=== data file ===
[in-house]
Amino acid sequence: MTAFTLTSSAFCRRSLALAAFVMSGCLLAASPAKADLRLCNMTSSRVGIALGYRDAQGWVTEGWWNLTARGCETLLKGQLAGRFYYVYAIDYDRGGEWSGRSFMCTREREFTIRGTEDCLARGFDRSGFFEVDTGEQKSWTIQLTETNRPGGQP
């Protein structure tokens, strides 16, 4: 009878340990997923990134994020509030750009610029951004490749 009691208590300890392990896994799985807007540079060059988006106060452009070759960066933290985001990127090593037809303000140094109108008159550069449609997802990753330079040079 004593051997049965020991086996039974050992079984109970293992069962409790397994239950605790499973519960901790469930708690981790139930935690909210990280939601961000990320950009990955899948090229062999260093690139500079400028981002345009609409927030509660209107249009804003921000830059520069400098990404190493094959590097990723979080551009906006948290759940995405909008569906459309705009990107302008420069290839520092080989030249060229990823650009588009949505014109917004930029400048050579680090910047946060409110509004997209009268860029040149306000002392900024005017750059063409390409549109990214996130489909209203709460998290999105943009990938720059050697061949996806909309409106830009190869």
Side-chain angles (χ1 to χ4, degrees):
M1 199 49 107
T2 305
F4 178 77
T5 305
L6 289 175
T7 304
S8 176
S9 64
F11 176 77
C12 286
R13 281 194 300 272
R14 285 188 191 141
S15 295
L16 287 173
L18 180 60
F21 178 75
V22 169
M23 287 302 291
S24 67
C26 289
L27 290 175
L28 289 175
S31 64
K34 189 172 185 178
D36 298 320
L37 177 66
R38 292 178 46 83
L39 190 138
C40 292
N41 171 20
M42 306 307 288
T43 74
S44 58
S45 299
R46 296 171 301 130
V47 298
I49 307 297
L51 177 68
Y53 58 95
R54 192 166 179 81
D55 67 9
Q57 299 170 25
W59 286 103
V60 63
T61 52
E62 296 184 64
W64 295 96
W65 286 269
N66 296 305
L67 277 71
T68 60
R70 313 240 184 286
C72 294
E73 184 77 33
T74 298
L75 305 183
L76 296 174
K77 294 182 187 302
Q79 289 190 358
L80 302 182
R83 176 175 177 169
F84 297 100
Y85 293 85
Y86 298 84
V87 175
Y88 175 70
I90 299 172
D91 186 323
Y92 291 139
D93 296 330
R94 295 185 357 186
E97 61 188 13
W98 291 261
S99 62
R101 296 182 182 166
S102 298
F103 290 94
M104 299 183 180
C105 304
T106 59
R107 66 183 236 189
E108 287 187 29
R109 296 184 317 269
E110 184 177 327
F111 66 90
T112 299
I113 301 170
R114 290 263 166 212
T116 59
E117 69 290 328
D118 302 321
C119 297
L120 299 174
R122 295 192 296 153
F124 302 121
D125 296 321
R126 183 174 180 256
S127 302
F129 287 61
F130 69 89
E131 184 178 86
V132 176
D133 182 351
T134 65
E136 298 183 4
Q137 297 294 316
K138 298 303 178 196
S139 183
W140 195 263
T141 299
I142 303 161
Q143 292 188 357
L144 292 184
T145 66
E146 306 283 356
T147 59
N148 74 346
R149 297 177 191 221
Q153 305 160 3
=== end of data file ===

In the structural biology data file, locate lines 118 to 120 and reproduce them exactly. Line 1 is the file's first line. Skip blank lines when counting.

T145 66
E146 306 283 356
T147 59